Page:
If you have been reading some of the pond and Koi forums out there some know-it-all hobbyist(s) advocate that the AFS is nothing but a cesspool of muck and detritus. If not cleaned like other filters more than twice a year you will end up with all kinds of bacteria problems and water degradation along with sick fish.
These are the same people that know nothing about the AFS, have never read about it or become the self proclaimed aquatic microbiologist that really contribute nothing to this hobby except misguided information to others. Their real agenda is never really understood by most but one thing is for sure: If an audience will listen then they will preach their sermons on that proprietary knowledgeable soapbox forever.
Despite the fact that I have said it several times before the AFS really doesn’t get that dirty if a proper prefilter is use before any pond water goes into the filter. Plus the fact that any detritus that does settle in the AFS never really gets compacted like filters that pass water through a medium, unless pond maintenance is forgone far too long. Most turns into mulm by a chemical reaction called oxidation anyway by the end of the season and becomes inert. This loose layer of mulm is nothing to worry about and is unsightly but nonetheless is a natural process of life in a pond.
It may consist of cat litter that has migrated out of the BCB’s, dead cyanobacteria, algae, and geographic pollution from outside sources. This could be from birds, trees and just dust and dirt that is airborne getting into the filter itself. All of what I have said sounds very logical if a well designed prefilter is use before the AFS. I mean, how else would the filter get dirty?
This year I did an experiment to see just how much dirt and detritus would really fill an AFS if all outside insults were lessen or eliminated altogether. This experiment would show that the amount of detritus would basically be plant and/or bacteria origin related and basically the AFS does stay very clean from one cleaning to the next.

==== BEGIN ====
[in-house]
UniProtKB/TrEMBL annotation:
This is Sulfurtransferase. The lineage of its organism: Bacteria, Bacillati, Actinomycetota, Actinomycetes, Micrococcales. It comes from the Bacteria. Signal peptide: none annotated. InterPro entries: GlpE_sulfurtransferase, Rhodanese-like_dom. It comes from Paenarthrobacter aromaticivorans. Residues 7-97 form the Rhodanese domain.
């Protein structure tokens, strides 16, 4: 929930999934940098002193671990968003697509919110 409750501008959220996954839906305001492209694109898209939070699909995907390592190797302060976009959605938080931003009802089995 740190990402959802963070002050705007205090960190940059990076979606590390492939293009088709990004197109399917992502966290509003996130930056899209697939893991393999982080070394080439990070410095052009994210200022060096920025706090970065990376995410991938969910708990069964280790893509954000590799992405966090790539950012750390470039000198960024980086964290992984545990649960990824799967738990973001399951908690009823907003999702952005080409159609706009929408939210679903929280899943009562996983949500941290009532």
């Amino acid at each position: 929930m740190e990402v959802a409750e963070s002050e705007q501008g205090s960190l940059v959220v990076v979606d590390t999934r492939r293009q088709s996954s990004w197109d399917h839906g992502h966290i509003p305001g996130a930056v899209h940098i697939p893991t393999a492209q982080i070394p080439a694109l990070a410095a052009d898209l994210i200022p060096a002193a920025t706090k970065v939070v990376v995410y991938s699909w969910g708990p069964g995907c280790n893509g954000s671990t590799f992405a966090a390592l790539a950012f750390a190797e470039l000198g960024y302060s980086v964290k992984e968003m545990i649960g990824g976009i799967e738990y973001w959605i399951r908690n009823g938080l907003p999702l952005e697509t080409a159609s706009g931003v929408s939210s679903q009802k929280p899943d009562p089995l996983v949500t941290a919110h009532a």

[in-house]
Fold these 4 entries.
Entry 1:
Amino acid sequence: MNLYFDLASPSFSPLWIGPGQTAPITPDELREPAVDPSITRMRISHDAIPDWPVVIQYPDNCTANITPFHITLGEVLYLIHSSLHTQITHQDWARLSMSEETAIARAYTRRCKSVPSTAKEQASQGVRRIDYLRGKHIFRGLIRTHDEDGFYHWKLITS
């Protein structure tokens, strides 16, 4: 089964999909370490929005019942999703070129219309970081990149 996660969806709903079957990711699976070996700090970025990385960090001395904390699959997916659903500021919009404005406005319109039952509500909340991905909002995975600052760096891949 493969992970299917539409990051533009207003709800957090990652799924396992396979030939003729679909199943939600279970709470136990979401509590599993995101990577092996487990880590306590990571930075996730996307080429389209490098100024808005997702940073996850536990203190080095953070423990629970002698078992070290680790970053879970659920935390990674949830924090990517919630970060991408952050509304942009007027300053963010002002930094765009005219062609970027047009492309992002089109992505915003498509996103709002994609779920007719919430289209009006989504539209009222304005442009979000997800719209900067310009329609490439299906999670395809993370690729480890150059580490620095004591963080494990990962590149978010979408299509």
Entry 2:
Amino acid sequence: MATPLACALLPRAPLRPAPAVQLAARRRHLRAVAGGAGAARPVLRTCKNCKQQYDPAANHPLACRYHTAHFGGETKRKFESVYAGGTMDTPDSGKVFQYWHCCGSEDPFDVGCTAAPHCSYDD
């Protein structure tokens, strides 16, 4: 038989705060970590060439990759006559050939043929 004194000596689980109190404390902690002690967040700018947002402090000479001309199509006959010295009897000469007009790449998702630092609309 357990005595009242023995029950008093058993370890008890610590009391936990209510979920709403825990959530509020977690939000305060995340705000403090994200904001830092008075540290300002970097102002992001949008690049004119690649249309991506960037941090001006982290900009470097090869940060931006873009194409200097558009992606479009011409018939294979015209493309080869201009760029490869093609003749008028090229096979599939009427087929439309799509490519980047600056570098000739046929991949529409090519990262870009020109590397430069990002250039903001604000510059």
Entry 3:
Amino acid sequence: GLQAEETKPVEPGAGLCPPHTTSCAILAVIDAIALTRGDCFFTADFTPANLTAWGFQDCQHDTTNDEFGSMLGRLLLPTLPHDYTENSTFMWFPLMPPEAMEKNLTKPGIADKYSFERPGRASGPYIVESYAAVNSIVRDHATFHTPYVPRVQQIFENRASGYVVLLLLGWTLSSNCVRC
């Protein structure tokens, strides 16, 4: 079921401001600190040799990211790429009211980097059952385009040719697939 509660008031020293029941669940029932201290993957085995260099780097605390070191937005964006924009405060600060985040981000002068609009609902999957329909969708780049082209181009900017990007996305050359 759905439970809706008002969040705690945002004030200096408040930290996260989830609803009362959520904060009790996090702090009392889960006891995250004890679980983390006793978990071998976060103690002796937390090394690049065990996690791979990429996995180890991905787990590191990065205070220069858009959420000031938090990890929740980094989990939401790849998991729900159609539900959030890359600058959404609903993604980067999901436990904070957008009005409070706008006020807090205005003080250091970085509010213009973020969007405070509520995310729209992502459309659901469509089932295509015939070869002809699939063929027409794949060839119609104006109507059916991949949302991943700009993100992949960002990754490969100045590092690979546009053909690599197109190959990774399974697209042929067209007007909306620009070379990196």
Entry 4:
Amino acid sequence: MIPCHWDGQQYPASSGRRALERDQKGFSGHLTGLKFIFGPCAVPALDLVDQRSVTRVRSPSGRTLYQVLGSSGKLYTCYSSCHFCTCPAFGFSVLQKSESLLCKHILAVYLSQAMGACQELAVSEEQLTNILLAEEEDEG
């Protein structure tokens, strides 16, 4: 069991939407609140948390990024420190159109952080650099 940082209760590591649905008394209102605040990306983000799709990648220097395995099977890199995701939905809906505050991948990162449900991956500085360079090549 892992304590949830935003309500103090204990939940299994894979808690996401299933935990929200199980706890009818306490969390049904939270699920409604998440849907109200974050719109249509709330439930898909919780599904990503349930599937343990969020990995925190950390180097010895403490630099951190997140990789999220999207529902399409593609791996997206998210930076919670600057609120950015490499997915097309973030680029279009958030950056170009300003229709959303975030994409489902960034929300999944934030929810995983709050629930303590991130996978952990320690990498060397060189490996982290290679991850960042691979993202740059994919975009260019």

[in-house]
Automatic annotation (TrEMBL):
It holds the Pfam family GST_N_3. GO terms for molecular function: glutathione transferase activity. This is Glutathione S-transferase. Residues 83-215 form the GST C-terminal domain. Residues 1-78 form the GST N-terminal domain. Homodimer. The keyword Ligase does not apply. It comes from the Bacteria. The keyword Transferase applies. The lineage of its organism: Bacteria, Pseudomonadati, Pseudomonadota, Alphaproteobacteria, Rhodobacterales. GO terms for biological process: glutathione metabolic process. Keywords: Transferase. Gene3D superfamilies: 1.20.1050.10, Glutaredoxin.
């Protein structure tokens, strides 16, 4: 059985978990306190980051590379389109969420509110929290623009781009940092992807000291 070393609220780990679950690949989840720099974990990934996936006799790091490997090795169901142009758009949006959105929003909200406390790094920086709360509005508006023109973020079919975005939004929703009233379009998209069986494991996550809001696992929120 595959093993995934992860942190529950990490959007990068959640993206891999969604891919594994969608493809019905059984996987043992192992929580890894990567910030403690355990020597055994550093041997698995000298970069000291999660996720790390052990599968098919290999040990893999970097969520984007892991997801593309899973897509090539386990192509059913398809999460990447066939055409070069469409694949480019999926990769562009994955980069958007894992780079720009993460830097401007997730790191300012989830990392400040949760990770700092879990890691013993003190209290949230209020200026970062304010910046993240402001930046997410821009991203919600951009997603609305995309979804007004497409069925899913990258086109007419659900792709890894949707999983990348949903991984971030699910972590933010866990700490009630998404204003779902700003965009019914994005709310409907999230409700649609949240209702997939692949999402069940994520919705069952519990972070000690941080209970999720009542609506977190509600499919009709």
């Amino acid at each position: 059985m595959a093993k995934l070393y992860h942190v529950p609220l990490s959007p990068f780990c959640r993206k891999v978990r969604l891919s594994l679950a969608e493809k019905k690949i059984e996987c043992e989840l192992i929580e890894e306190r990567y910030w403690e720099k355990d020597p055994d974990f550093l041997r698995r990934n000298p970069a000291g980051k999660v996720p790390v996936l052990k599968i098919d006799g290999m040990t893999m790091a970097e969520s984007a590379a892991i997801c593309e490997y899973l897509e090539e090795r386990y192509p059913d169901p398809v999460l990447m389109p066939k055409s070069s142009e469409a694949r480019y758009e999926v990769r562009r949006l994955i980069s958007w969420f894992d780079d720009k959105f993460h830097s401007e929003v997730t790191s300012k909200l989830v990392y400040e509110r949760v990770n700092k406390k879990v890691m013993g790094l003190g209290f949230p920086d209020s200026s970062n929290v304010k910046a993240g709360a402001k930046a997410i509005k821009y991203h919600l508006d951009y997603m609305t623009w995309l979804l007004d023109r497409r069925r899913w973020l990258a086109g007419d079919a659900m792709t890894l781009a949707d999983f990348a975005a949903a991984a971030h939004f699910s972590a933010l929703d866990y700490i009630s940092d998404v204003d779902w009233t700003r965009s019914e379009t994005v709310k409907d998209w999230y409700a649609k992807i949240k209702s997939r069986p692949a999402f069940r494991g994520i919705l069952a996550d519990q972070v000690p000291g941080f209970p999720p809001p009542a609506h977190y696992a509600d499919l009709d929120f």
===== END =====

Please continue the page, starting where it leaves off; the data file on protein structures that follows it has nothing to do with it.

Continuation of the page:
As we know the BCB’s do not clog so that’s one less thing that has to have servicing throughout the year like other filter need. So the experiment was to keep a plastic 6-mill cover over the AFS all season long and at the end of the year at the October cleaning see just how much detritus really would accumulate inside the filter. Basically the filter would be a greenhouse for the aquatic plants with four 6" (152.4mm) holes in it, two on each side.
As everyone knows I have nothing but a homemade prefilter for my pond. Nothing expensive bought out of a box and is serviced once a week during high feeding season and once every fortnight when only feeding once a day. The cover has been on since last cleaning in May of 2014 and was remove in October of 2014 to be evaluated for mulm or detritus accumulation.
In October all aquatic plants are cut down and the filter is emptied and cleaned for the winter months ahead. This gives the Koi fresh water and a nice new clean environment for their long winters nap.
What I found out was, there was very little mulm or detritus in the filter this year at all! Once the outside insults were lessen to a greater degree the AFS remained very clean despite what some think. Most of what did exist was plant related along with a little Goldfish waste, but was nothing to get upset about. I was really quite a surprised at just how much outside pollution gets inside an AFS. If pond husbandry is carried out on trimming any dead or dying plant foliage then pollution inside the AFS is very negligible.
You also must remember that algae and cyanobacteria are part of the equation of pollution that gets inside an AFS and dies and then is broken down into mulm. Plant DOC’s are really nothing to worry about unless in excessive amounts. In most ponds the DOC’s come from animal related insults about 90% but not so much plant matter. If you can control the amount of insult getting into an AFS then the cleaner it will be between seasonal cleanings.